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Get Loads

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Short-term holiday pop-up shops can boost sales, help test a new channel, reduce Christmas inventory, and even help online brands grow.

The pop-up retail trend is not particularly new. In the U.S., shopping malls have been adding holiday kiosks for years and many communities have Halloween or Christmas pop-up stores each year. But it is starting to catch on with more online retailers.

Ecommerce stores that have had success selling online and want to grow may consider opening a temporary, physical retail location to serve customers and increase sales. If your online business is thinking of capturing offline sales this holiday season, consider these four tips for starting your own pop-up shop

1. Have Clear Goals

Like any business venture or project, you should have clear, reasonable, and measurable goals for your pop-up shop. It may sound cliché to tell you to have goals as part of a list of tips, but this is the step from which everything else flows.

If your aim is to generate an extra $10,000 in holiday revenue, you presumably won’t want to pay $10,000 in rent. So your goal will inform your choice of location. Similarly, if you want to test the brick-and-mortar channel, you might choose to pick a vacant storefront in the neighborhood you are considering to learn how sales might be. Again, your goal informs your choice.

2. Get Loads of Foot Traffic

Pop-up shops must be in high traffic areas.

Some brick-and-mortar stores can be destinations. Shoppers may go out of their way to reach a specialty shop, especially an established one. But your brand new, here-today-gone-tomorrow pop-up retail location is unlikely to be a destination store. Rather you need to capitalize on foot traffic that is already in the area.

To get loads of foot traffic, you have several options.

Consider, as an example, finding space within another retailer’s store. Some big box chains have retail space available at the front of their stores where hundreds of customers walk by.

You may also be able to find a specialty retailer in your target city or neighborhood that will rent you space. For these sorts of arrangements, look for stores that sell products which complement yours, but don’t compete.

You can simply rent vacant retail space in high traffic areas. This may be an open spot in a shopping center or on the street corner. One retailer in the Northwest, as an example, puts up a large 20-by-20 tent in a gas station’s lot on a busy street corner with tons of foot traffic. Its store stays open for two weeks and generates about $200,000 in revenue.

Storefront, a pop-up locator service, helps you locate space for your pop-up shop.

To help find good locations like this one, you can simply look around, search commercial real estate sites, or use a pop-up shop service like Storefront, which lists many prime pop-up locations.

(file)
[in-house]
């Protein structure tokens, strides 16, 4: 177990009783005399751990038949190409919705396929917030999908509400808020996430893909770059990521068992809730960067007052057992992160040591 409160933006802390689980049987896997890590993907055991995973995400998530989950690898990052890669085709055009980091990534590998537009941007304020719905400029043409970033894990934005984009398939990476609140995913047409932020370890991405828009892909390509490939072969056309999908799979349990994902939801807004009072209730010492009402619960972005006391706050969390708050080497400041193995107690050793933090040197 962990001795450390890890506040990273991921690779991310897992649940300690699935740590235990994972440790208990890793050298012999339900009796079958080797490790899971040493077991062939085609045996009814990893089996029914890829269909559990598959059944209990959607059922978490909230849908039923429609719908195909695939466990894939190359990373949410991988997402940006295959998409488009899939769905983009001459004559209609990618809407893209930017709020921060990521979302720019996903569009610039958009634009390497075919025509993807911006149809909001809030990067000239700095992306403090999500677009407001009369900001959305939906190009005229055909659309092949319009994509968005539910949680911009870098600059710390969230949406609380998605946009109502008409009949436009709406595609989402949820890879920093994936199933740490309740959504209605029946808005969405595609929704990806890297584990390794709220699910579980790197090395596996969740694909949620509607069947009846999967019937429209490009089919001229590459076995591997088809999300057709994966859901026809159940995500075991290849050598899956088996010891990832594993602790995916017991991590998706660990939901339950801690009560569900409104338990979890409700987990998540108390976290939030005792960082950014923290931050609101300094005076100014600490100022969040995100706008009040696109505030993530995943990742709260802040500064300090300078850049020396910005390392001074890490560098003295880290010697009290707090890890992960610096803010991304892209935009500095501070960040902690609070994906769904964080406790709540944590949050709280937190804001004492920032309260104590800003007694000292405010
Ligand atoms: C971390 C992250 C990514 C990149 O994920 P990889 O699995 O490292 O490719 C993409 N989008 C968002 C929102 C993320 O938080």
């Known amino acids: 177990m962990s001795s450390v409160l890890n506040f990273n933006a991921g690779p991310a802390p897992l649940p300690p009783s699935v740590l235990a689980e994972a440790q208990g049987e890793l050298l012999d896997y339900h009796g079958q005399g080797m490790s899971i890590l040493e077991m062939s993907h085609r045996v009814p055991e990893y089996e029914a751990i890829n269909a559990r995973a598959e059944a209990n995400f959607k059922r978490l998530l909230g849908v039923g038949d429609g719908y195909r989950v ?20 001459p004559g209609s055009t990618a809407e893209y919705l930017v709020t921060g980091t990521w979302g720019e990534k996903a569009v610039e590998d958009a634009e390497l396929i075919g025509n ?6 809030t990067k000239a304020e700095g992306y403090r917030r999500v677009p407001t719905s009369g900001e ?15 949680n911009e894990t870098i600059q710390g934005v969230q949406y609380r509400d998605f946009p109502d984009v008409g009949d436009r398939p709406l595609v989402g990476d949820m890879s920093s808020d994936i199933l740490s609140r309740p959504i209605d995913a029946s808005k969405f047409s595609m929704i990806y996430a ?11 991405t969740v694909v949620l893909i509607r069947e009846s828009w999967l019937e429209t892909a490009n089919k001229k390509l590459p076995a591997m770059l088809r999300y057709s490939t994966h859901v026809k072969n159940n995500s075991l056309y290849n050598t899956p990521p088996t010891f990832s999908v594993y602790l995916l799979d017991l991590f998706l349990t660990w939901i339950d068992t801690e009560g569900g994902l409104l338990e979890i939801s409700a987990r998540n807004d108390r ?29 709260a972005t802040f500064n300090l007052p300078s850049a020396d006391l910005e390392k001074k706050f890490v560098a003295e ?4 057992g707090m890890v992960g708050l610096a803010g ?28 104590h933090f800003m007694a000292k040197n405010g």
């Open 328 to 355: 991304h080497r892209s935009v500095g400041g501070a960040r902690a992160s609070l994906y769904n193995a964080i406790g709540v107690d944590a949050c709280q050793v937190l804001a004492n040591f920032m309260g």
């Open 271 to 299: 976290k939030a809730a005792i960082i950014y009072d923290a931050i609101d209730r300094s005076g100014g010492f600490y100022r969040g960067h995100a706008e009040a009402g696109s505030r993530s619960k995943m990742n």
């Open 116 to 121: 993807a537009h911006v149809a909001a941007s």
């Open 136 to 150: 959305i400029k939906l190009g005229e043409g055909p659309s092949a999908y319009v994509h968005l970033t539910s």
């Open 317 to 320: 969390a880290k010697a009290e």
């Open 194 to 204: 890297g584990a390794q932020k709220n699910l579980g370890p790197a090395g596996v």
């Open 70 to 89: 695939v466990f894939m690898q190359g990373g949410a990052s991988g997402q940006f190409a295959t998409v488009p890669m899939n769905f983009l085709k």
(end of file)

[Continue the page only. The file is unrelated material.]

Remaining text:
3. Focus on Easy, Impulse Items

For your pop-up shop, focus on products at easy-to-afford price points that encourage impulse buying. Your pop-up shop customers probably just wandered by. They were not looking for you. So you need to convert on the spot.

In 2013, Psychology Today magazine suggested five reasons that folks purchase on impulse. These motivators were a desire to save money, avoiding loss, what the magazine called “twisted heuristics,” a high opinion of ourselves, and a simple love of shopping.

Of these, focus on three as you pick the products to feature in your pop-up shop and how to set your prices and offers.

  • Money saving. Shoppers like to save money during the holidays. So present your pop-up shop customers with good values on gift items. Make these products that are easy to walk away with.
  • Loss aversion. Describes our innate desire not to feel bad in the future, according toPsychology Today. In the context of your pop-up store, aim for items or offers that your customers will be afraid to miss.
  • Twisted heuristics. Without going into the psychological details, consider bundling products to encourage impulse buys, such as buy one get one free.

As a final consideration for stocking your pop-up shop, consider items that are easy to carry away.

4. Merchandise Your Store

Retail merchandising is an art and a science that goes well beyond making things look pretty or even just presentable. How you display products in a physical store will have a significant impact on how things sell.

For example, one retail chain has found placing on-sale clothing items — think jeans — in stacks on tables can almost double sales versus putting the same clothing at the same price on rounders (round clothing racks).

Consider visiting several retail stores in your area, particularly ones that sell similar products to what you will have in your pop-up store. Take note of how they display items. If you can, take pictures.

You are going to need to experiment a bit, but always test your visual displays with data. Watch items to see how moving them around the pop-up store impacts sales.

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